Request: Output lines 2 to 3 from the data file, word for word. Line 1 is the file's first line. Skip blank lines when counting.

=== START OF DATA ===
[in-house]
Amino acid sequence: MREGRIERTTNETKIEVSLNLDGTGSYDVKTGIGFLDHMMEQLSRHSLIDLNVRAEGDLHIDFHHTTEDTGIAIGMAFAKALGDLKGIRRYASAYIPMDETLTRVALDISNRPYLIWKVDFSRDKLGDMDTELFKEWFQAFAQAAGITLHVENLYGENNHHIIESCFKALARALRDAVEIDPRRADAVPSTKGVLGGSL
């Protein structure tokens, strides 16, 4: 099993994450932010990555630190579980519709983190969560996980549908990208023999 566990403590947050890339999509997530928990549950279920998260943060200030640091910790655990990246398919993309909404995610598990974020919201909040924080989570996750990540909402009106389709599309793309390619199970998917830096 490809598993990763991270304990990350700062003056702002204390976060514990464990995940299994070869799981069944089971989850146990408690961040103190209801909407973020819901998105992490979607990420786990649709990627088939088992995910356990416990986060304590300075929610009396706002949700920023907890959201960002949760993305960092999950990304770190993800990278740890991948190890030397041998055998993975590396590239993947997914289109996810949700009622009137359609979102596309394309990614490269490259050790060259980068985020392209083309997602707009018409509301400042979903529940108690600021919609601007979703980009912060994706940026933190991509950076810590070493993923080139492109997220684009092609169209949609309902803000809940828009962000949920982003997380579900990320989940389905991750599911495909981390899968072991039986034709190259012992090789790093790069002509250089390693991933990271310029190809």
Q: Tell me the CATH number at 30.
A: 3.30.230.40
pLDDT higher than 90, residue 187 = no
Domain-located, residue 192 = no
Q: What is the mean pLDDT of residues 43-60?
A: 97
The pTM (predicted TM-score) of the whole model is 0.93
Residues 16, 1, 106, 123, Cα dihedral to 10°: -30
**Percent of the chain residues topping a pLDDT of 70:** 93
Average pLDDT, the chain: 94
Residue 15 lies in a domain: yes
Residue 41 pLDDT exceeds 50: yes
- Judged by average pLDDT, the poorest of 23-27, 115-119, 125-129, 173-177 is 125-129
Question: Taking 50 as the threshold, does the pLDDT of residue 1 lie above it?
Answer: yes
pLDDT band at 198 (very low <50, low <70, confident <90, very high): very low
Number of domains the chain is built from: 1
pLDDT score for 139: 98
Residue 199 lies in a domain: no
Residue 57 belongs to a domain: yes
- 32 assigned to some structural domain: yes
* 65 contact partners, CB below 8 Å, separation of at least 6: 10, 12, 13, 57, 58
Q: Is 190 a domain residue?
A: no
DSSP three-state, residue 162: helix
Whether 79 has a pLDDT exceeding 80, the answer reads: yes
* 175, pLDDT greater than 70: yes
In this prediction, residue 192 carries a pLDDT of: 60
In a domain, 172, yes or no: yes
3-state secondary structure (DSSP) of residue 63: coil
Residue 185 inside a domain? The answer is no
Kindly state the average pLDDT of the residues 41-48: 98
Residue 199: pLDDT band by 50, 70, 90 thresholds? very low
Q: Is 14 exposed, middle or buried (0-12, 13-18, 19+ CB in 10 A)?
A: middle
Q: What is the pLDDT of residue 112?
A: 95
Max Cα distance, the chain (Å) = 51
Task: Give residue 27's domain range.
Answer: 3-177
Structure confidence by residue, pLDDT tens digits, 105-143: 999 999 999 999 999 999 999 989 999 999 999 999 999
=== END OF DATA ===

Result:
Amino acid sequence: MREGRIERTTNETKIEVSLNLDGTGSYDVKTGIGFLDHMMEQLSRHSLIDLNVRAEGDLHIDFHHTTEDTGIAIGMAFAKALGDLKGIRRYASAYIPMDETLTRVALDISNRPYLIWKVDFSRDKLGDMDTELFKEWFQAFAQAAGITLHVENLYGENNHHIIESCFKALARALRDAVEIDPRRADAVPSTKGVLGGSL
């Protein structure tokens, strides 16, 4: 099993994450932010990555630190579980519709983190969560996980549908990208023999 566990403590947050890339999509997530928990549950279920998260943060200030640091910790655990990246398919993309909404995610598990974020919201909040924080989570996750990540909402009106389709599309793309390619199970998917830096 490809598993990763991270304990990350700062003056702002204390976060514990464990995940299994070869799981069944089971989850146990408690961040103190209801909407973020819901998105992490979607990420786990649709990627088939088992995910356990416990986060304590300075929610009396706002949700920023907890959201960002949760993305960092999950990304770190993800990278740890991948190890030397041998055998993975590396590239993947997914289109996810949700009622009137359609979102596309394309990614490269490259050790060259980068985020392209083309997602707009018409509301400042979903529940108690600021919609601007979703980009912060994706940026933190991509950076810590070493993923080139492109997220684009092609169209949609309902803000809940828009962000949920982003997380579900990320989940389905991750599911495909981390899968072991039986034709190259012992090789790093790069002509250089390693991933990271310029190809």